This paper and the case study presented will explore issues related to freedom of conscience and consider practical approaches to ethical collision in clinical medicine.
The role of oncologists in balancing these interests and meeting their primary obligation to the patient, while considering the limitations on this duty and their competing obligations to other parties, is well explored by Tenner and Helft.
Considerations in Ethical Decision-Making In light of the fact that modern ethical principles do not address specific medical procedures and can be interpreted in many ways, how then are physicians and other healthcare providers to make challenging decisions in situations of ethical distress.
For many centuries, the medical community ascribed credence to the venerable Hippocratic Oath, or related ethical principles, as universal points of ethical reference.
Such ethical standards have sometimes received diverse interpretations Reflective account ethical dilemma treating cancer practical settings. Advertisement We need to be very thoughtful about which drugs or technologies we provide and approve for use, meaning new agents and devices need to be a lot better than what is already available.
For example, one physician may refuse to violate his or her beliefs about a particular intervention claiming it would endanger professional integrity, while another physician may experience no internal disquiet or angst over performing the same intervention—either because he or she does not hold convictions against such procedures, or because he or she is convinced that acceding to patient requests is fundamental to professional integrity.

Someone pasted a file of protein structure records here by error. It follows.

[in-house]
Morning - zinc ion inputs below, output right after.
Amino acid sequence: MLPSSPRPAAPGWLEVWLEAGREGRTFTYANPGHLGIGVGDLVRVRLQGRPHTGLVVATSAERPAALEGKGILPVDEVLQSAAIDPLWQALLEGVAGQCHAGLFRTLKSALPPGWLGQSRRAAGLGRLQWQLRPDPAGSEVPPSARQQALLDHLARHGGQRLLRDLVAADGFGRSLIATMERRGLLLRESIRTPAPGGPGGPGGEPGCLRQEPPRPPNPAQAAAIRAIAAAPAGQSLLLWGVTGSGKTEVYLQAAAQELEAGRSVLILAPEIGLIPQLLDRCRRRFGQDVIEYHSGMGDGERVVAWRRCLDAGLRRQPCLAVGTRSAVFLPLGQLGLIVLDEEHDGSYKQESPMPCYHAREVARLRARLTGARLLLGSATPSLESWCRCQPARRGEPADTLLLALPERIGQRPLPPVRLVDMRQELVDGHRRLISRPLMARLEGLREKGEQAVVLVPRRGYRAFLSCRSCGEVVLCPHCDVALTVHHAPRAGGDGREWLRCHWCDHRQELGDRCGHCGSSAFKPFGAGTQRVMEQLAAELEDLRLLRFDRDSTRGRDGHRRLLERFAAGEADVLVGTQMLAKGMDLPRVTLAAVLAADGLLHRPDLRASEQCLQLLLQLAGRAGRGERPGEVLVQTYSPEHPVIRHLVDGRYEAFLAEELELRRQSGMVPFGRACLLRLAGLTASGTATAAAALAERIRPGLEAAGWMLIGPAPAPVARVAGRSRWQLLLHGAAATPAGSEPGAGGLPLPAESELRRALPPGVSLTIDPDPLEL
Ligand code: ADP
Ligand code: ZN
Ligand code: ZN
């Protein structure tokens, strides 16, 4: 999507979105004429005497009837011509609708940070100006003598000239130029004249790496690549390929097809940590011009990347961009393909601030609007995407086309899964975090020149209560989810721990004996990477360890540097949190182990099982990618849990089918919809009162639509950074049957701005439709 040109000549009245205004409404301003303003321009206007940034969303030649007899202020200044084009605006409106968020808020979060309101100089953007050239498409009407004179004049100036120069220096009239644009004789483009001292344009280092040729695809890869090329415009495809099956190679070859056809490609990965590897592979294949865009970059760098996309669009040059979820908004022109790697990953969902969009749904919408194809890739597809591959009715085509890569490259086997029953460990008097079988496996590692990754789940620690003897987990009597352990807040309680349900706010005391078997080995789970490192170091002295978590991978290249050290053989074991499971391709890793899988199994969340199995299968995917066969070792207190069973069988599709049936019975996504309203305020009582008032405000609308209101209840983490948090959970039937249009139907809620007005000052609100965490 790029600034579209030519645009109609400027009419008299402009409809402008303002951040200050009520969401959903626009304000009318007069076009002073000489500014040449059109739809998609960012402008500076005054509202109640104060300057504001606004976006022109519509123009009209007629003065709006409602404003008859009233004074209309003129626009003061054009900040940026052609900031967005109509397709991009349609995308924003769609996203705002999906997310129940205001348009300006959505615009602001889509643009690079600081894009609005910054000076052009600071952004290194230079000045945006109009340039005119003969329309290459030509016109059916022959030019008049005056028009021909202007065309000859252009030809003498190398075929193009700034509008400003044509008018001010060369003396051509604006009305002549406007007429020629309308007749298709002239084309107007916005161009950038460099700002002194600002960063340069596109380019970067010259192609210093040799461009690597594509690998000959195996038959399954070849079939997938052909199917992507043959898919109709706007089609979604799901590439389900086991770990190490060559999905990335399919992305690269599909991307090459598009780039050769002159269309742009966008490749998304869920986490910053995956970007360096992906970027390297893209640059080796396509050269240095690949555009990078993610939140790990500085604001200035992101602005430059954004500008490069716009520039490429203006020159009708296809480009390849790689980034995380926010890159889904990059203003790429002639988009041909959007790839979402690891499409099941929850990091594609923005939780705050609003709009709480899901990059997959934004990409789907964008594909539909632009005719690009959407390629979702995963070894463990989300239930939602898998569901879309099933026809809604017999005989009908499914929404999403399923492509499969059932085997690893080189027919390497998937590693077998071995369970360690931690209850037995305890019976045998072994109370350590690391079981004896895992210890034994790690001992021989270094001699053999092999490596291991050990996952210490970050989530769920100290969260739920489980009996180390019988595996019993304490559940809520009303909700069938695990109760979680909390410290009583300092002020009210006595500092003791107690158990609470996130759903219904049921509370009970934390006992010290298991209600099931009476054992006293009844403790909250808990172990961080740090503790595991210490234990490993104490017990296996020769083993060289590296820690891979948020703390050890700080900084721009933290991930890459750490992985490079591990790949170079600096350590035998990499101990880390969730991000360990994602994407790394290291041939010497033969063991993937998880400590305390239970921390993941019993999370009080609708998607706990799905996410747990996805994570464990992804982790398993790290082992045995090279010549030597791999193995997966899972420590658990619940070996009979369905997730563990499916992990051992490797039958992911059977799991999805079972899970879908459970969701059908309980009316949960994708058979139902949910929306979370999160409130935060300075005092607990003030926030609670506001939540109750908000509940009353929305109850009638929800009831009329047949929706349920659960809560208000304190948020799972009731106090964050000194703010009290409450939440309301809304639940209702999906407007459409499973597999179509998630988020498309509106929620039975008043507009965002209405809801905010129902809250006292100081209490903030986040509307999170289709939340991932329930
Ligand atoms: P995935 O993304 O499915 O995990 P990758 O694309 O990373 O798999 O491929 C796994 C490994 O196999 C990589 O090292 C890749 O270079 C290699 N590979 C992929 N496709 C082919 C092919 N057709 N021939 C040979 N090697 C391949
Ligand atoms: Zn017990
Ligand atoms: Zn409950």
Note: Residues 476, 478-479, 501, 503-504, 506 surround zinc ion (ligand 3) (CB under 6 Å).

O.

Furthermore, from a practical standpoint, FC legislation would seemingly complicate the healthcare system and compromise any united standard of care [ 74 ]. Public advocacy generally involves personal risk to the advocates as they are resisting the status quo and often contending against vested interests that are alleged to be subversively harmful to patient and societal wellbeing.
These professional societies frequently claim to be the official voice for their specialty, but in reality they are only accountable to their members. Our job as a nurse is to do no harm and this may be maintaining confidentiality and privacy. An ethical dilemma is generally a problem that has no right answer, wrong answer or sometimes there is not even resolution.
Ethical theories have differing implications and it is hard to say if any one particular theory will account for every situation that comes to light. How do we deal with alcoholism and substance abuse when the patient is a chronic addict.
The cognizance on making ethical decisions can be achieved by considering intrinsic ethical concepts, ethical beliefs, a model for decision-making and the code of ethics for nursing. Failure to disclose the rationale for professional conscience decisions may leave patients confused, in a quandary, and perhaps feeling rejected for the evident disagreement.
Some cultures have spiritual or magical theories about the origins and cause of disease, for example, and reconciling these beliefs with the tenets of Western medicine can be very difficult. In the academic and grey literature, the majority of conscience issues are discussed somewhat imprecisely within two general domains: The perspectives vary considerably.
See also Do Not Resuscitate and cardiopulmonary resuscitation In many cases, the "expressed wishes" of the patient are documented in these directives, and this provides a framework to guide family members and health care professionals in the decision-making process when the patient is incapacitated.
Informing patients of their options becomes key to helping oncologists learn what they want. Physicians may be concerned that discussions of the limits of care may be confused with rationing. Utilitarianism is about telling the truth when it provides more good than harm utilitarian.
N Engl J Med. There is uncertainty as to whether escalating ethical diversity within contemporary medicine is an asset or a liability to cohesion with the medical community and to the provision of optimal clinical healthcare.